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How I Sold My Last Shop in Six Weeks and Saved $17,484.50

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How long will it take to sell my business?

 

This this is a question that I get asked a lot and I almost feel as if I am dodging the answer when I tell people it depends them, but it is true.

 

Whilst there are certain things that need to be done to get the business ready for sale a big deciding factor as to whether your business will sell or not, and how long it will take will be determined by how you price and market the business.

 

In this email I wanted to quickly walk you through how I sold my last shop in six weeks, that is from the day it went on the internet to the day the sale completed.

 

The shop in question was bought with the full intention of getting in quick, turning it around and selling it on. This is something that I had spent most of my working life doing and so I went in with confidence that in 12-18 months I could more than triple the value. I had my eldest son and my wife beside me, what could possibly go wrong?

 

Whilst my previous experience has taught me a lot about picking the right business, market value, potential profit and future sale prices etc. one thing I forgot to account for was how much you can get drawn into a food business.

 

Let’s just say my plans of just overseeing operations and not really getting hands on didn’t quite work out!

 

It soon became apparent that the changes we were making were going down well and the shop became very busy very quickly, a little too busy on a couple of occasions.

 

I think if we had gone into the business with a longer-term mindset this would have been the point that we would have taken on a manager and probably a couple of other staff to ease the burden.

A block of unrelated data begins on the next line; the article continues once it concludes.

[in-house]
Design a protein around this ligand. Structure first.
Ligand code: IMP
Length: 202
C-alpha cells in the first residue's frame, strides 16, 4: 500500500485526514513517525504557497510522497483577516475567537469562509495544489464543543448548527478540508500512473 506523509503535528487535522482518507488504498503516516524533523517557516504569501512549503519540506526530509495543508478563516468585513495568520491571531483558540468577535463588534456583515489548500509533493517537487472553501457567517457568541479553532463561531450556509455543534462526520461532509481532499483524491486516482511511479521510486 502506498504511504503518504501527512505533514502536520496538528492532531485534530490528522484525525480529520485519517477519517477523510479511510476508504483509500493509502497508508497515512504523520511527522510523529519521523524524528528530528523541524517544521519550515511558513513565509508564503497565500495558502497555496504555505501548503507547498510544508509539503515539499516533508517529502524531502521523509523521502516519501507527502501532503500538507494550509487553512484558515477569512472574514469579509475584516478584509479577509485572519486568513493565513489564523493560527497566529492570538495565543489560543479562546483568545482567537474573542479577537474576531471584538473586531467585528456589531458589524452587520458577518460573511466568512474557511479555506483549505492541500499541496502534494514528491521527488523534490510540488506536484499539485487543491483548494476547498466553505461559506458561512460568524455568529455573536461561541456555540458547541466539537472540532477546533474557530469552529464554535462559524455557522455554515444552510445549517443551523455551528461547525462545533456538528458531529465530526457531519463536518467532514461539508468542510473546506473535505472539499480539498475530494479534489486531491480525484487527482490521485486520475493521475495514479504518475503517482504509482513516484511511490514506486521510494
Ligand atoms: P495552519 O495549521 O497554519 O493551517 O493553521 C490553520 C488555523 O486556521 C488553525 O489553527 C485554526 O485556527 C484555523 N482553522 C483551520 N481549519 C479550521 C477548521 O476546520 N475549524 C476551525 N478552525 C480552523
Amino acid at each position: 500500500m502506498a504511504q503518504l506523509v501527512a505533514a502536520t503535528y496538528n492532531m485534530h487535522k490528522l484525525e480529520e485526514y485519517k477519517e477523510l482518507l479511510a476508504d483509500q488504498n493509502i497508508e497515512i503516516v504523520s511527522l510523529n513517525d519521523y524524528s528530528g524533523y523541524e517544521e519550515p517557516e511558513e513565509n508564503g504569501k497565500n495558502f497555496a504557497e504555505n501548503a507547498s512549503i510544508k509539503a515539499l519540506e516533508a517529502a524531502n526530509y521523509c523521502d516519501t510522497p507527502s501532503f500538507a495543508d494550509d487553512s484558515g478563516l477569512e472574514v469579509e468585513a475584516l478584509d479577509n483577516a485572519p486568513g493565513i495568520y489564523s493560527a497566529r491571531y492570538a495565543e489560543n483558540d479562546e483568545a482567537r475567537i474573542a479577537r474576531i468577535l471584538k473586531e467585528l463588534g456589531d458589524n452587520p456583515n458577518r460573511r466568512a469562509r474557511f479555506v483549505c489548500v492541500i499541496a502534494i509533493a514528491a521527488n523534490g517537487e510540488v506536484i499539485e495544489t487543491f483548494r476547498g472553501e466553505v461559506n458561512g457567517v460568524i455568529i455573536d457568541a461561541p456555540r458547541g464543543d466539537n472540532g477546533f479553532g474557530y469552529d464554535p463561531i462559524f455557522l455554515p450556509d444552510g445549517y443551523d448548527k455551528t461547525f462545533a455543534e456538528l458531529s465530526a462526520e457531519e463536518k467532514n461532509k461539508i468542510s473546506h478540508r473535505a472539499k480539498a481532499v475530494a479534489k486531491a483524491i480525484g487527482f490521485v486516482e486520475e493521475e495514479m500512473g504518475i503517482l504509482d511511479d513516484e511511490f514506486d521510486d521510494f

Given that we were purely in for the short term I was keen to keep the costs to a minimum and as I am sure you know, that means doing a lot of the work yourself.

 

After a few months of juggling this business as well as the shop I began to feel the strain, I felt that my clients were not really getting the service they deserved in this business and I could not commit fully to the shop.

 

My wife and I had always felt that we had one more shop in us but we were now beginning to doubt that!

This was my son’s first venture into the hospitality business and I think he soon worked out that he preferred being on the customer side of the counter.

 

Needless to say, we made the decision to cut the plan short and put the shop up for sale.

 

Although I knew that we would not reap the rewards that I had projected on the 24-36 month plan I knew that we could still clear a good profit.

 

As I had gone into this shop with the plan to sell quickly a lot of the groundwork for getting the business ready for sale had already been done. All the preparation that I cover in my Six Weeks to Sale course was checked off so it was just about pricing, marketing, listing and selling.

 

Pricing – Be Realistic

 

Setting the price for a business is not an exact science, there are many ways to set the price of a café but the general rule of thumb is 1 to 3 times net profit or return to owner.